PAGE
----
Archive for the ‘Training’ Category

Hi guys … I’ve been away for a little while and thought I should come back and catch up … I’ve been meaning to but have been busy.

Firstly, just to put your minds at ease, I’ve still been doing well with my healthier eating and exercise. No, I haven’t fallen apart because I’m not reporting on this blog, although I do miss the encouragement you guys have been giving me.

Second, I ran a 5K on May 31 and set a new personal record! My previous personal record was 22:23, and I wasn’t in doubt of beating that, as I set the old record last year and I’m a much better (and lighter) runner these days. So I set out at a pace under 7:00 per mile, and held it the entire race. By holding my pace fairly steady, I passed a lot of people who naturally slowed at the end, so I was happy with my pacing.

I was hoping, in a best-case scenario, of coming in under 21 minutes, but just missed that mark at finished at 21:03 … a full minute and 20 seconds faster than my old record! I was super happy with that achievement. I’m not much of a 5K runner, but this showed me that I’m getting faster. I really only run a 5K when I want to test my fitness and speed, so I’ll probably do another in a few months as a test.

Third, I injured my back lifting weights, about 5 days ago. I had been doing great with my weight lifting, joined a gym and have been lifting heavier. I started on a new weight routine (after doing the old routine for about 7 weeks), to push myself to a new level. It has a split routine, upper body and lower body. I was doing the lower-body routine, with a superset of squats and deadlifts, and when I was on my second set of squats I forgot to focus on my form (specifically keeping my lower back straight) and as a result pulled a muscle deep in my lower back.

I immediately stopped my routine and rested for a few days. I had my back checked out just to make sure it wasn’t serious, and it was just a muscle strain. My doctor said I could start light exercise after a few days, so I started by walking, then a little jogging, and yesterday ran a few miles at easy pace. The last couple of days I’ve also been doing bodyweight exercises like lunges, squats, pushups, pullups, chinups, and so on, just to stay in shape.

The first few days were difficult, as I couldn’t exercise at all. I couldn’t even sit down for very long, as my back would start to hurt. I used a heating pad, some stretching, some massage, and some walking around to keep my muscles loose and the blood circulating. I think it all helped me heal faster as I’m feeling pretty good right now. I can still feel the strained muscle if I start to move too fast or hard, so I’m taking it easy, but I’m feeling pretty good right now.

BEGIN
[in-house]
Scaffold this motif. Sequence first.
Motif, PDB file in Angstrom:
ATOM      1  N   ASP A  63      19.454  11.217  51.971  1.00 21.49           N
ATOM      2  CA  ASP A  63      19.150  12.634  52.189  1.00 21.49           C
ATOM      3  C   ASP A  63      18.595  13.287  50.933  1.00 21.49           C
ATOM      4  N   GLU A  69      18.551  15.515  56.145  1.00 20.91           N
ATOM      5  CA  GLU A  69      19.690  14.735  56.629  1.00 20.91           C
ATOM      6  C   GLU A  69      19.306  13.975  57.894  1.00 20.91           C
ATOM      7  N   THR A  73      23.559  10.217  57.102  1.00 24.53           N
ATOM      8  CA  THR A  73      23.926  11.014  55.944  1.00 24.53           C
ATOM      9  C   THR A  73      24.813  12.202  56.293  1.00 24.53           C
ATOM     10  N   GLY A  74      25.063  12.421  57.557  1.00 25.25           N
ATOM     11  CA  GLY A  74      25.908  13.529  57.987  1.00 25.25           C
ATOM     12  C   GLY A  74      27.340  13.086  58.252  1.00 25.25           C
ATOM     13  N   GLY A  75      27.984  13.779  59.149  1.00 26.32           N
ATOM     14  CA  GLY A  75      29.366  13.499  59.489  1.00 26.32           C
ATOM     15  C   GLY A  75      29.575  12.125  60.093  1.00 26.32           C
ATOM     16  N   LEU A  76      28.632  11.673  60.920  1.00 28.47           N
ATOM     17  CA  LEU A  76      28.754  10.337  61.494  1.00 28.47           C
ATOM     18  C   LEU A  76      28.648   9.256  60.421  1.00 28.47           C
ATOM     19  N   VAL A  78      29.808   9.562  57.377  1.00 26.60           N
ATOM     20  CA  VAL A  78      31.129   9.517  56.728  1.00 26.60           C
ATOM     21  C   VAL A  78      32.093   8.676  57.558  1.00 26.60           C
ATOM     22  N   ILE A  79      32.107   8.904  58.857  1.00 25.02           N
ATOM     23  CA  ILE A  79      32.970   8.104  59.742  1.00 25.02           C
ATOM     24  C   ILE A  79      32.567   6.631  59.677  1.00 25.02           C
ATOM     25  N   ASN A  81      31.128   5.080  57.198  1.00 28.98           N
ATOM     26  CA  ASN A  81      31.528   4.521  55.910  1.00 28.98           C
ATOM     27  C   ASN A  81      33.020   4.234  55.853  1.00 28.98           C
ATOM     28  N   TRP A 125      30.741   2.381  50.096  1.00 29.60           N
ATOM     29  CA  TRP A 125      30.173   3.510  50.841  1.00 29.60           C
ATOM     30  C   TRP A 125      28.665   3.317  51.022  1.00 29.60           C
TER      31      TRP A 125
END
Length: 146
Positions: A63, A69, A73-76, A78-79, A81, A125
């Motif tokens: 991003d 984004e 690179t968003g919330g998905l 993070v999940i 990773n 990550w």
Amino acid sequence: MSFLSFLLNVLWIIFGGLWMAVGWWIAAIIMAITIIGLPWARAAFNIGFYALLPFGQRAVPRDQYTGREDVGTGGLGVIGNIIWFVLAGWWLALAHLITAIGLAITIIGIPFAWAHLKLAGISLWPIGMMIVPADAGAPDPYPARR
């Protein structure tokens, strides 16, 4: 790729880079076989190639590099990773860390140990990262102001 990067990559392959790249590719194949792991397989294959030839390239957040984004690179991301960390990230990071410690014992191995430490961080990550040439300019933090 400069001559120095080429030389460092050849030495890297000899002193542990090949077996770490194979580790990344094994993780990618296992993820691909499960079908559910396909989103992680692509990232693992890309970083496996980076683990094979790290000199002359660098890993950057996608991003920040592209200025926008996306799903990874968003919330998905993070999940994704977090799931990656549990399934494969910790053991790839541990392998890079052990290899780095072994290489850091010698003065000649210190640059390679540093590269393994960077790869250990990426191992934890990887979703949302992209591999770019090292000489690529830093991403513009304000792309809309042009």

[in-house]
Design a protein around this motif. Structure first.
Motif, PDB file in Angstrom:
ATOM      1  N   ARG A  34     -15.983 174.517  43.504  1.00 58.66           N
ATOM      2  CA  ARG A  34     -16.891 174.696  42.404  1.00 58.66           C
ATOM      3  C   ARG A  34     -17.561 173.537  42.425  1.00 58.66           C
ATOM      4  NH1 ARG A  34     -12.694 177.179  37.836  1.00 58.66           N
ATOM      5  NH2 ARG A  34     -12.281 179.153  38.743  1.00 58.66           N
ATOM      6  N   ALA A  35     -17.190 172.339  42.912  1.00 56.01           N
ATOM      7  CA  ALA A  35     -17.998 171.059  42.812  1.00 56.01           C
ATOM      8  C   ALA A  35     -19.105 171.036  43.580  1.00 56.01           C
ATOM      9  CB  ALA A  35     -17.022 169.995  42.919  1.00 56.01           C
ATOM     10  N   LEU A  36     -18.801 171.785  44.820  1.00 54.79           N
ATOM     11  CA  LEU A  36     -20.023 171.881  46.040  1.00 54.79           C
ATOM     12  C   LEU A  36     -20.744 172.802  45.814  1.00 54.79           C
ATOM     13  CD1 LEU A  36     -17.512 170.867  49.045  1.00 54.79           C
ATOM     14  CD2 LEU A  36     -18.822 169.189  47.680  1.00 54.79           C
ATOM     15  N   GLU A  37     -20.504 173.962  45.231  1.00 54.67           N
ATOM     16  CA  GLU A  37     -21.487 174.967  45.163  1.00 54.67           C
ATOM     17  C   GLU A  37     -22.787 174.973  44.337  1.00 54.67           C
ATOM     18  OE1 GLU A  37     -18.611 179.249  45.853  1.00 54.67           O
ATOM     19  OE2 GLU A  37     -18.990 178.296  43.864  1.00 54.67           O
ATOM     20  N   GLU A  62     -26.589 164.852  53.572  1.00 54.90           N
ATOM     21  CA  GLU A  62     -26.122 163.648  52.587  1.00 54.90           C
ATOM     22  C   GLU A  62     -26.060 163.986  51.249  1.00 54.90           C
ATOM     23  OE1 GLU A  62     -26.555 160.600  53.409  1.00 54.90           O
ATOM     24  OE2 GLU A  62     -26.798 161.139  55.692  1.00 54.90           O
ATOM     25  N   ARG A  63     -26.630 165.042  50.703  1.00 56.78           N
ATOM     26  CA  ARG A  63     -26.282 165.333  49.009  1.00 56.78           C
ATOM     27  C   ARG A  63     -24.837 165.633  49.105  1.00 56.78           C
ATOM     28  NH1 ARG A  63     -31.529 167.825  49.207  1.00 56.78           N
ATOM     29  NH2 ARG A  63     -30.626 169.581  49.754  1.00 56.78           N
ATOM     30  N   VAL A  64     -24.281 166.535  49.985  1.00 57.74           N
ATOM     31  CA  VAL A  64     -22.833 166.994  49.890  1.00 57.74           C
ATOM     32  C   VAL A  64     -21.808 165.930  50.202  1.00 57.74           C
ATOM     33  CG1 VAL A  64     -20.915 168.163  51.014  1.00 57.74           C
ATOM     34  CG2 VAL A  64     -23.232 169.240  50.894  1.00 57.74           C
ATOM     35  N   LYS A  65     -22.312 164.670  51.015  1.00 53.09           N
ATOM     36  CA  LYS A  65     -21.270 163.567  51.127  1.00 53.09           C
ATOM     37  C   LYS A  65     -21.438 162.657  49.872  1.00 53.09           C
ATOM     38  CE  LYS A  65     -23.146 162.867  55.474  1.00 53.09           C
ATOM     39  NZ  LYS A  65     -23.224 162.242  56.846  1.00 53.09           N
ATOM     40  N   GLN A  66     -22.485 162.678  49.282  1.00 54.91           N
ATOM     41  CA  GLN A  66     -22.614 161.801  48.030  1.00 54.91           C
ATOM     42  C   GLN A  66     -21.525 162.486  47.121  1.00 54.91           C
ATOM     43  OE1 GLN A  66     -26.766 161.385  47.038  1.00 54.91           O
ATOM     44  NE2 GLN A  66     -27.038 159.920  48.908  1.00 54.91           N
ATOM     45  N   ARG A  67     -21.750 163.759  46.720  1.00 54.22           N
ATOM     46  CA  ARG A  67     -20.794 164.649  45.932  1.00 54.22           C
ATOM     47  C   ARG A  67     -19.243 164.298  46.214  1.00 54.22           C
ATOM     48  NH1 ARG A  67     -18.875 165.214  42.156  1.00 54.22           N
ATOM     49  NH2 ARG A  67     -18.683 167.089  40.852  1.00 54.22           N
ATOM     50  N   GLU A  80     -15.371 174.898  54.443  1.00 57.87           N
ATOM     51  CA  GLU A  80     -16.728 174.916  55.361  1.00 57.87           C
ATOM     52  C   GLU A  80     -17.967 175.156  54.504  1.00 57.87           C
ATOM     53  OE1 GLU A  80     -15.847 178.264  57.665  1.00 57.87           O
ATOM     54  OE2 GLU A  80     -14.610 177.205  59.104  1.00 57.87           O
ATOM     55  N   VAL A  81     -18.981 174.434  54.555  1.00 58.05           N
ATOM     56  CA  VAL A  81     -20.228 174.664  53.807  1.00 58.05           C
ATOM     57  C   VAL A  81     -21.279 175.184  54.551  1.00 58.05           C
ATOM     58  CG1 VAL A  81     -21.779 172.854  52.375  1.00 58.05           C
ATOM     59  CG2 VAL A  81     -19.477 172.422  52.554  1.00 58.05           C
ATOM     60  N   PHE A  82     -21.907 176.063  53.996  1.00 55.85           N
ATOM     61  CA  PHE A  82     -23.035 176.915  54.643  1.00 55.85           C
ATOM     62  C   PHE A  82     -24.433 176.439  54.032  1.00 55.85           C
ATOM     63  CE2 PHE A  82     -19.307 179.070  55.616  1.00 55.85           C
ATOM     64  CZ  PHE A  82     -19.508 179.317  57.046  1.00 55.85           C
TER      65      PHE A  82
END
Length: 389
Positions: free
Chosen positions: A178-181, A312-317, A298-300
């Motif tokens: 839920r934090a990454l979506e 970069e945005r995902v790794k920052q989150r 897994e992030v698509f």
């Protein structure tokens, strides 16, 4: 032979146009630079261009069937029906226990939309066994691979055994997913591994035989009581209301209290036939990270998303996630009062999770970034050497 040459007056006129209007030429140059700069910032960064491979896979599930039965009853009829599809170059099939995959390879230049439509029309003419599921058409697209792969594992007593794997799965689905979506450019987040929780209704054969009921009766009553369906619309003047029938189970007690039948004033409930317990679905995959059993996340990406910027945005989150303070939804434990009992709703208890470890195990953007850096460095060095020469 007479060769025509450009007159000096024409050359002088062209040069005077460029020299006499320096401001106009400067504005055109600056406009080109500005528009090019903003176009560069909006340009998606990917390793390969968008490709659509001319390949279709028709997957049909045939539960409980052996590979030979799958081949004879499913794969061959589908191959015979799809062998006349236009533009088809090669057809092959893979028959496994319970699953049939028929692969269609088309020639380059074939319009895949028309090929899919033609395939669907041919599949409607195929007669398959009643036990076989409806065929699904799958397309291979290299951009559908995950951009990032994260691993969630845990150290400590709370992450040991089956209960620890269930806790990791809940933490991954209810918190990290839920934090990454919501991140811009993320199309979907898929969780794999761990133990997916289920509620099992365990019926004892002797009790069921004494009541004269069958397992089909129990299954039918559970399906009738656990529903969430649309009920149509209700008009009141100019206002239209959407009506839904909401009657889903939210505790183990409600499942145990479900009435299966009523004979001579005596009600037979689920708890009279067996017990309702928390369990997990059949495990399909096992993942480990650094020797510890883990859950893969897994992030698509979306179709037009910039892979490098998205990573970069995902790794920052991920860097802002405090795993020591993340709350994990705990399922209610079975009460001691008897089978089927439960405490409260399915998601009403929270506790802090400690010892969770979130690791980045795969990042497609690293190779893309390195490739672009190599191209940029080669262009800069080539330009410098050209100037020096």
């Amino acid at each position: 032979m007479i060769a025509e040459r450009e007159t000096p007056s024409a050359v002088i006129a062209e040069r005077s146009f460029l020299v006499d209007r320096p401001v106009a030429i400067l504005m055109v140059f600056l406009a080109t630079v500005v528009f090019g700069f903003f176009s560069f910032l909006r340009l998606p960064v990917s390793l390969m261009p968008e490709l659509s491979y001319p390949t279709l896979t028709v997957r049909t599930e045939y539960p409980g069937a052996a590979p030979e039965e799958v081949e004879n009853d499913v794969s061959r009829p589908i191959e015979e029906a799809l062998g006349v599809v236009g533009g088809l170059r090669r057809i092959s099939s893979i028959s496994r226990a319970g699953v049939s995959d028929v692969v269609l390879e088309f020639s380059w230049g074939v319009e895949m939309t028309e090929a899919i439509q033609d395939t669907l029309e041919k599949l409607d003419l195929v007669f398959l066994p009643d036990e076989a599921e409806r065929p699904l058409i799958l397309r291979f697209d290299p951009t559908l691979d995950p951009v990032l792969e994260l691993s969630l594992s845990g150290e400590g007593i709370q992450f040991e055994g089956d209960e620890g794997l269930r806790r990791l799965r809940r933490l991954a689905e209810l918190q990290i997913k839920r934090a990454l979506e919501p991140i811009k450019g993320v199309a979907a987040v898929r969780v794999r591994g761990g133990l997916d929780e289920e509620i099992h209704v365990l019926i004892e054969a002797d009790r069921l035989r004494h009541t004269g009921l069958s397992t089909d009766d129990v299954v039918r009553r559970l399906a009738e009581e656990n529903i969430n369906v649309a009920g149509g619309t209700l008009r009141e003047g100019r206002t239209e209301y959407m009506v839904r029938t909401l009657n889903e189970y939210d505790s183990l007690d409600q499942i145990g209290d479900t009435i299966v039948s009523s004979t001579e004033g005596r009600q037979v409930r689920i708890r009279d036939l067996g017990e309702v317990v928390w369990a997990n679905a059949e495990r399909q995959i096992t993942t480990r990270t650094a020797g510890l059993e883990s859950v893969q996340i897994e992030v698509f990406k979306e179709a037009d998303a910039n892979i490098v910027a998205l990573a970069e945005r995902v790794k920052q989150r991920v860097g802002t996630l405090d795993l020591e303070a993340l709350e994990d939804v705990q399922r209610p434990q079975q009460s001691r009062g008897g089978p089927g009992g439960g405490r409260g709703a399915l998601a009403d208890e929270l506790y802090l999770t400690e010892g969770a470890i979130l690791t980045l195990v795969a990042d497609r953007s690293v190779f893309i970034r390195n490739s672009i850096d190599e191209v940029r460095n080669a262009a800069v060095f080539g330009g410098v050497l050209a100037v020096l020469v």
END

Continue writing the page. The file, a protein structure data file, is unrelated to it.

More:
I hope to be reporting back more often from now on, but I’m pretty busy with wedding planning, finishing my book, and preparing for my honeymoon (less than 2 weeks away!). I’ve missed you all!


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As I mentioned in the previous post, yesterday (Thurs) became a recovery day for me because I kinda overdid it on Wednesday with a hard run in the morning followed by a really hard bike and run brick workout in the afternoon. I was wiped out following the workout, and tired and sore all day yesterday, and am still tired and a little sore this morning (Friday) and have already skipped another workout.

This means that my hard workouts on Wednesday required at least 36 hours of recovery if not more (I’m still playing it by ear). A recovery of that long means that I’m skipping some important training — which is fine for now, but I can’t make that a regular thing or my training volume will be greatly reduced.

So, reflecting back on my workouts, I realized that I have to hold back my intensity if I want to continue to train almost every day. This is something I’ve read about before, of course, but it’s also something you tend to forget in the middle of a workout when you’re feeling good and want to push yourself.

This has been a good lesson, I think. For my regular training days (non-race days), I need to hold back the intensity. I can’t go all-out if I want to train the next day or even the day after that.

So, for those of you following along at home, take heed: training intensity should be somewhere between easy and medium-hard, but never very hard, or you’ll mess up your training schedule — either that, or you’ll continue your training schedule while tired and risk injury or burnout. And remember to alternate hard days with easy or rest days to ensure that you’re recovering properly from workouts. I might even redo my schedule because I’m doing three hard days in a row and that’s not ideal.

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